SYMPTOM
CHECKER

Know the signs & symptoms

WHAT IS YOUR MAIN SYMPTOM?

BLURRED VISION

ALL THE TIME

Vision that is blur­ry all the time needs check­ing out by your optometrist first – it may be that you need new glass­es or that there is an under­ly­ing prob­lem that needs man­ag­ing, such as cataracts.

SEE YOUR OPTOMETRIST.

INTERMITTENT 

Blur­ry vision that comes and goes dur­ing the day can be a result of tired eyes – this may be because you need new glass­es, so seek the advice of your optometrist first.

Smeary vision that comes and goes as you blink is like­ly to be caused by an unsta­ble tear film dis­turb­ing your vision.

YOU MAY HAVE DRY EYE.

ABOUT DRY EYE

RED EYES

BOTH EYES 

The most com­mon caus­es of two red eyes are ​‘Dry Eye’ or ​‘aller­gy’, but it can also mean infection.

YOU MAY HAVE DRY EYE, ALLERGY.

ABOUT DRY EYE

JUST ONE EYE 

You should seek the advice of your optometrist, phar­ma­cist or GP as this could indi­cate a spe­cif­ic prob­lem such as an infec­tion or inflam­ma­tion that needs treatment.

YOU MAY HAVE AN INFECTION.

SEE YOUR OPTOMETRIST.

BPAINFUL OR UNCOMFORTABLE EYES

PAINFUL  

‘Painful’ eyes (one or both) are unusu­al, so this war­rants fur­ther inves­ti­ga­tion by your optometrist, who will be able to exam­ine your eyes in full, using spe­cial­ist equipment.
Remem­ber that an eye test is not just about check­ing for new glass­es: optometrists are also trained to detect signs of eye dis­ease and can refer you for spe­cial­ist treatment.

SEE YOUR OPTOMETRIST.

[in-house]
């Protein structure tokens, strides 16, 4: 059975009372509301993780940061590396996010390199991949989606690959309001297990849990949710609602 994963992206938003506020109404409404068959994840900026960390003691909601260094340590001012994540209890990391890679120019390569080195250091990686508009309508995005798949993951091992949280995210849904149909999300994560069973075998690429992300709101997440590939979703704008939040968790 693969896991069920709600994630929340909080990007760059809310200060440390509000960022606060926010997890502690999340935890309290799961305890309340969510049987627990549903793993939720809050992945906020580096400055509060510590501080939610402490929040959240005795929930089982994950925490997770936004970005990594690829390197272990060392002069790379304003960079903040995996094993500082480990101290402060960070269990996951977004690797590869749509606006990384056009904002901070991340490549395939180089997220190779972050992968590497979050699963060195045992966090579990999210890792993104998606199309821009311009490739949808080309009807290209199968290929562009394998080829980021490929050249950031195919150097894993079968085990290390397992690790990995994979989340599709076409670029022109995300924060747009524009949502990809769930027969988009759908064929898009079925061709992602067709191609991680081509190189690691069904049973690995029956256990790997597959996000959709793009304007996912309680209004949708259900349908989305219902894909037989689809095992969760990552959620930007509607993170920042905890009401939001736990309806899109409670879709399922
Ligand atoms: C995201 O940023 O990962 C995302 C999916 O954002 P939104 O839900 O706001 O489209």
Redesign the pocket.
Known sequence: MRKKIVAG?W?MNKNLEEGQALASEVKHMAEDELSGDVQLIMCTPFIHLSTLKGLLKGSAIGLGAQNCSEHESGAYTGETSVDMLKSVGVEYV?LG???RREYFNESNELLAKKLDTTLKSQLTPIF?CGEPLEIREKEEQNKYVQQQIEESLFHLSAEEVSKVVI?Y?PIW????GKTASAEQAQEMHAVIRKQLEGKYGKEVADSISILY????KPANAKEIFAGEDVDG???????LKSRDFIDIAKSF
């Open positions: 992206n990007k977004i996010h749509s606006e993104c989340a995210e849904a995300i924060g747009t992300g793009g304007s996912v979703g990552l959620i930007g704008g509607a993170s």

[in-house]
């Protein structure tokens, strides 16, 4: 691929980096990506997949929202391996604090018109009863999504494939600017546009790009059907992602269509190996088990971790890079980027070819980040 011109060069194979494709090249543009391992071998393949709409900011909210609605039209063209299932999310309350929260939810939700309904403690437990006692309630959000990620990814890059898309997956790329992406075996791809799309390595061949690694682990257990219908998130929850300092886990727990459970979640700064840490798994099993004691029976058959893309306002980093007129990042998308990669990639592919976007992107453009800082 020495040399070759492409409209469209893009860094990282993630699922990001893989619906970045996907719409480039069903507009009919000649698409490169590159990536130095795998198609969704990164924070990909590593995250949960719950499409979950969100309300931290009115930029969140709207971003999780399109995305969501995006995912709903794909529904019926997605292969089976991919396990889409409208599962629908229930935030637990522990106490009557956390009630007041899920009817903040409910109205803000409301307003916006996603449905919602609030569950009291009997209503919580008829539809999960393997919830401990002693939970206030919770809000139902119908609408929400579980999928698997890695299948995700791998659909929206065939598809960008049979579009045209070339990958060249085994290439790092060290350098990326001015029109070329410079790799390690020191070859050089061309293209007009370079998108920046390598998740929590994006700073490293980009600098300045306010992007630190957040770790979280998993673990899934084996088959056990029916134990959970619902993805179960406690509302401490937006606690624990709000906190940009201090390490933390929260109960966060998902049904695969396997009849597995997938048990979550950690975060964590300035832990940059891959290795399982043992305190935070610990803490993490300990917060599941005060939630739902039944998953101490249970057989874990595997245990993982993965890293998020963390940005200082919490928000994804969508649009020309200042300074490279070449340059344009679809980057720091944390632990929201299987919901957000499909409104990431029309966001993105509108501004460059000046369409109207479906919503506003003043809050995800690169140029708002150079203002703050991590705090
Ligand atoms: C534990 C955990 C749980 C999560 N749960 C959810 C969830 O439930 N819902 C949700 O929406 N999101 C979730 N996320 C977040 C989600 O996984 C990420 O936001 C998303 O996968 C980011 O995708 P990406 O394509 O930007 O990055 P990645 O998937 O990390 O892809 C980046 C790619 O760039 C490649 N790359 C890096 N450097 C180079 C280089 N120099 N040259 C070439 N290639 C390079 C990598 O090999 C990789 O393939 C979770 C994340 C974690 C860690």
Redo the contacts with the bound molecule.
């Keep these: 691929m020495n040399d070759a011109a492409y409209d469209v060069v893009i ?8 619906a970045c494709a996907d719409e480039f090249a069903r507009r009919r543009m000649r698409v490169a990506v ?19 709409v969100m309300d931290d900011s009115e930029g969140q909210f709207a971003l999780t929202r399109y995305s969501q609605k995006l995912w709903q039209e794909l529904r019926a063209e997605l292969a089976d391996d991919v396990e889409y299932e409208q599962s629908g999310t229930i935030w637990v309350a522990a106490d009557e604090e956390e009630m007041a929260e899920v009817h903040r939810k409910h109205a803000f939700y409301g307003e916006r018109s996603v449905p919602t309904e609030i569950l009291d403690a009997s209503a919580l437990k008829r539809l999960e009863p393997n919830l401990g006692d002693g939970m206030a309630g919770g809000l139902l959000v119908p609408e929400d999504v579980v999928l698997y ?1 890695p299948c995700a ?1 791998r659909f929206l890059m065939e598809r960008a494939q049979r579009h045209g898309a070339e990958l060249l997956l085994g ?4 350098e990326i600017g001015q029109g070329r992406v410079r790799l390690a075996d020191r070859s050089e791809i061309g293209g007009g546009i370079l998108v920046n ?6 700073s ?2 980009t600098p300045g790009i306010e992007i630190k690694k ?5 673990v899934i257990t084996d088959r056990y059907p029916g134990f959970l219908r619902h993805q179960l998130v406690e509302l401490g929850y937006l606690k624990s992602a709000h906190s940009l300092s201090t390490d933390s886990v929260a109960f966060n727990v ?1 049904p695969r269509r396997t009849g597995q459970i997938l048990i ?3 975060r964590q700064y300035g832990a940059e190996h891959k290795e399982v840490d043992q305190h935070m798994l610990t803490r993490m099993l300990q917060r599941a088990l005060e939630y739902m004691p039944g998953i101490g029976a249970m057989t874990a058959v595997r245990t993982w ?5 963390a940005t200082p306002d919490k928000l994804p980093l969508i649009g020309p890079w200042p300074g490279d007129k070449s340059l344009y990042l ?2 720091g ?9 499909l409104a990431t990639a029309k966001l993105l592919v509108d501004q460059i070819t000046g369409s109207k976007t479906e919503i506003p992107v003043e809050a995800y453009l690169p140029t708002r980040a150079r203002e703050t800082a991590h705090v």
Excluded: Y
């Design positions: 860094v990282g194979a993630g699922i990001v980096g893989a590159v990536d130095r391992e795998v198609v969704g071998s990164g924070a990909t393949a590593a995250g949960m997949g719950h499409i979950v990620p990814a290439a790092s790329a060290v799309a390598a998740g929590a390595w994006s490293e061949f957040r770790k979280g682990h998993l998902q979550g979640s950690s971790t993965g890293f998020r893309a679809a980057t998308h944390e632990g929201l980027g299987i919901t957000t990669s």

UNCOMFORTABLE

If your eyes are uncom­fort­able rather than painful, it could be that the sur­face of your eye needs more lubri­ca­tion, dry eye drops can alle­vi­ate the discomfort.

YOU MAY HAVE DRY EYE.

ABOUT DRY EYE

GRITTY, SORE EYES

BOTH EYES

If both eyes are grit­ty and sore, most of the time, and there is no dis­charge, you are like­ly to have ​‘Dry Eye’, ​‘aller­gy’ or blepharitis.

YOU MAY HAVE DRY EYE AND/OR BLEPHARITIS OR ALLERGY.

ABOUT DRY EYE

ABOUT BLEPHARITIS

JUST ONE EYE 

You should seek the advice of your optometrist, phar­ma­cist or GP as this could indi­cate a spe­cif­ic prob­lem such as infec­tion, or a scratch on the sur­face of the eye that needs treatment.

SEE YOUR OPTOMETRIST.

WATERY EYES

BOTH EYES 

If both of your eyes tend to water after being exposed to grass pollen or ani­mals, you may have an eye aller­gy or sea­son­al aller­gy – speak to your phar­ma­cist to find the best solu­tion to resolve it. If both eyes water eas­i­ly in the wind or cold con­di­tions, this is like­ly to be Dry Eye.

YOU MAY HAVE DRY EYE

ABOUT DRY EYE

JUST ONE EYE